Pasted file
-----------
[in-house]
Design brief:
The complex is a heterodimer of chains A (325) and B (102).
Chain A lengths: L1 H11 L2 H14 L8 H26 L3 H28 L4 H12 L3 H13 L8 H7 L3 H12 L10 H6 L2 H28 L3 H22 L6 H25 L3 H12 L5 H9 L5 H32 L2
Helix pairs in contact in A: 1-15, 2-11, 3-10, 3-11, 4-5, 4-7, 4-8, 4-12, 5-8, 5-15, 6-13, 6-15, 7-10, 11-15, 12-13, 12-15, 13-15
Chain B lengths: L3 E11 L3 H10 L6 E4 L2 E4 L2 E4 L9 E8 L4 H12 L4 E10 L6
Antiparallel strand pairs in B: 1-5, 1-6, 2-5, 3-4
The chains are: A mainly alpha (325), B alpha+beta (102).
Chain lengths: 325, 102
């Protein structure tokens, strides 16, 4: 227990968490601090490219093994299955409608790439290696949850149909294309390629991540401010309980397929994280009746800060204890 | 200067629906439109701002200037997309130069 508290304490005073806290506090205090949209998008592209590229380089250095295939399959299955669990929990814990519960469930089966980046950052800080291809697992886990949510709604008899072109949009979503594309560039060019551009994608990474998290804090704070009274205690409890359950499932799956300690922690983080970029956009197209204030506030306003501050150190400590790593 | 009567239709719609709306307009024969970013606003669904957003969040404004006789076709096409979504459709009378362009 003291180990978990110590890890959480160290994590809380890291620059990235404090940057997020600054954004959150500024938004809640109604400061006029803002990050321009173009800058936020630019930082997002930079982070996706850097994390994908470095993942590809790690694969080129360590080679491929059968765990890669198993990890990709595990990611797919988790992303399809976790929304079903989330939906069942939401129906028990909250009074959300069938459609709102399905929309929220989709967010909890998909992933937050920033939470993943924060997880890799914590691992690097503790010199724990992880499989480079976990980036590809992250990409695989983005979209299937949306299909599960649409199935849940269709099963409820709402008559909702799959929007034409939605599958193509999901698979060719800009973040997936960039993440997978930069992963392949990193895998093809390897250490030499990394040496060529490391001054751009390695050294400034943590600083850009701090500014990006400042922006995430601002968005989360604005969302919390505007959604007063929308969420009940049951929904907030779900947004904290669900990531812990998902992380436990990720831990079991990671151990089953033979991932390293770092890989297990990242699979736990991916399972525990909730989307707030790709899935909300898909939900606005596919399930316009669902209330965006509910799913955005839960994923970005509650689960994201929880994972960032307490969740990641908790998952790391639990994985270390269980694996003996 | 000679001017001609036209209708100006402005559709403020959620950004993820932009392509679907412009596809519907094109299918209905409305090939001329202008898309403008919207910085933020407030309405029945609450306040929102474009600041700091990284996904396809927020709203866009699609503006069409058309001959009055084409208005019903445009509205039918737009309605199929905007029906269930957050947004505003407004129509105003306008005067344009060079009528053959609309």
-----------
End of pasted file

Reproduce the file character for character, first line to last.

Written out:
[in-house]
Design brief:
The complex is a heterodimer of chains A (325) and B (102).
Chain A lengths: L1 H11 L2 H14 L8 H26 L3 H28 L4 H12 L3 H13 L8 H7 L3 H12 L10 H6 L2 H28 L3 H22 L6 H25 L3 H12 L5 H9 L5 H32 L2
Helix pairs in contact in A: 1-15, 2-11, 3-10, 3-11, 4-5, 4-7, 4-8, 4-12, 5-8, 5-15, 6-13, 6-15, 7-10, 11-15, 12-13, 12-15, 13-15
Chain B lengths: L3 E11 L3 H10 L6 E4 L2 E4 L2 E4 L9 E8 L4 H12 L4 E10 L6
Antiparallel strand pairs in B: 1-5, 1-6, 2-5, 3-4
The chains are: A mainly alpha (325), B alpha+beta (102).
Chain lengths: 325, 102
């Protein structure tokens, strides 16, 4: 227990968490601090490219093994299955409608790439290696949850149909294309390629991540401010309980397929994280009746800060204890 | 200067629906439109701002200037997309130069 508290304490005073806290506090205090949209998008592209590229380089250095295939399959299955669990929990814990519960469930089966980046950052800080291809697992886990949510709604008899072109949009979503594309560039060019551009994608990474998290804090704070009274205690409890359950499932799956300690922690983080970029956009197209204030506030306003501050150190400590790593 | 009567239709719609709306307009024969970013606003669904957003969040404004006789076709096409979504459709009378362009 003291180990978990110590890890959480160290994590809380890291620059990235404090940057997020600054954004959150500024938004809640109604400061006029803002990050321009173009800058936020630019930082997002930079982070996706850097994390994908470095993942590809790690694969080129360590080679491929059968765990890669198993990890990709595990990611797919988790992303399809976790929304079903989330939906069942939401129906028990909250009074959300069938459609709102399905929309929220989709967010909890998909992933937050920033939470993943924060997880890799914590691992690097503790010199724990992880499989480079976990980036590809992250990409695989983005979209299937949306299909599960649409199935849940269709099963409820709402008559909702799959929007034409939605599958193509999901698979060719800009973040997936960039993440997978930069992963392949990193895998093809390897250490030499990394040496060529490391001054751009390695050294400034943590600083850009701090500014990006400042922006995430601002968005989360604005969302919390505007959604007063929308969420009940049951929904907030779900947004904290669900990531812990998902992380436990990720831990079991990671151990089953033979991932390293770092890989297990990242699979736990991916399972525990909730989307707030790709899935909300898909939900606005596919399930316009669902209330965006509910799913955005839960994923970005509650689960994201929880994972960032307490969740990641908790998952790391639990994985270390269980694996003996 | 000679001017001609036209209708100006402005559709403020959620950004993820932009392509679907412009596809519907094109299918209905409305090939001329202008898309403008919207910085933020407030309405029945609450306040929102474009600041700091990284996904396809927020709203866009699609503006069409058309001959009055084409208005019903445009509205039918737009309605199929905007029906269930957050947004505003407004129509105003306008005067344009060079009528053959609309």